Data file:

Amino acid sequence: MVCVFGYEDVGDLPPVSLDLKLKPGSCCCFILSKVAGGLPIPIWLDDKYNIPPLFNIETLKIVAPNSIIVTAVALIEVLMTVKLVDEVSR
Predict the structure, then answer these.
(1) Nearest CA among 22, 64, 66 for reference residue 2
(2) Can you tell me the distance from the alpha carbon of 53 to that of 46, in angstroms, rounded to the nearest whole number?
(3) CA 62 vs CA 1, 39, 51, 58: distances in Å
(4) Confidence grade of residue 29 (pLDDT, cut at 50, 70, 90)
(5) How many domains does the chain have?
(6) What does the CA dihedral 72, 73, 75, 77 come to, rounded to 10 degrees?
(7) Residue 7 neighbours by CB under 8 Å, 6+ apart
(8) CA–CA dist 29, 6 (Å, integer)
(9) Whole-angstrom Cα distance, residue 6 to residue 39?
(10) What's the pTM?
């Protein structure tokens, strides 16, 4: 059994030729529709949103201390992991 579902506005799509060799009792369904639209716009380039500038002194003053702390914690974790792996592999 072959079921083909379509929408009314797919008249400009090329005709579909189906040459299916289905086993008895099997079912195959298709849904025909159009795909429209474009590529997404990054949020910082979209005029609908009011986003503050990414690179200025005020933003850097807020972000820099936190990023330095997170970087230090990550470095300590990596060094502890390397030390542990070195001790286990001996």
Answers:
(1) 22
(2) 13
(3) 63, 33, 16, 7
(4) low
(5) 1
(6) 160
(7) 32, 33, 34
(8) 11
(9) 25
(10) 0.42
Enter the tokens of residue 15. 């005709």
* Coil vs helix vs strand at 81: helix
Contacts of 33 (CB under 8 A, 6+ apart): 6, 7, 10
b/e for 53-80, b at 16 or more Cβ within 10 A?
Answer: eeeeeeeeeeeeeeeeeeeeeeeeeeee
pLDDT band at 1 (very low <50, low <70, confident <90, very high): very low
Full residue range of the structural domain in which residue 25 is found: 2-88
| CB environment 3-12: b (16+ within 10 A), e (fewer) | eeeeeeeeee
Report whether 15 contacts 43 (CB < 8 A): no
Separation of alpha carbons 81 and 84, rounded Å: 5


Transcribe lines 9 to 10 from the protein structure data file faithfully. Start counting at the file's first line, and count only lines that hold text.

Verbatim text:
(7) Residue 7 neighbours by CB under 8 Å, 6+ apart
(8) CA–CA dist 29, 6 (Å, integer)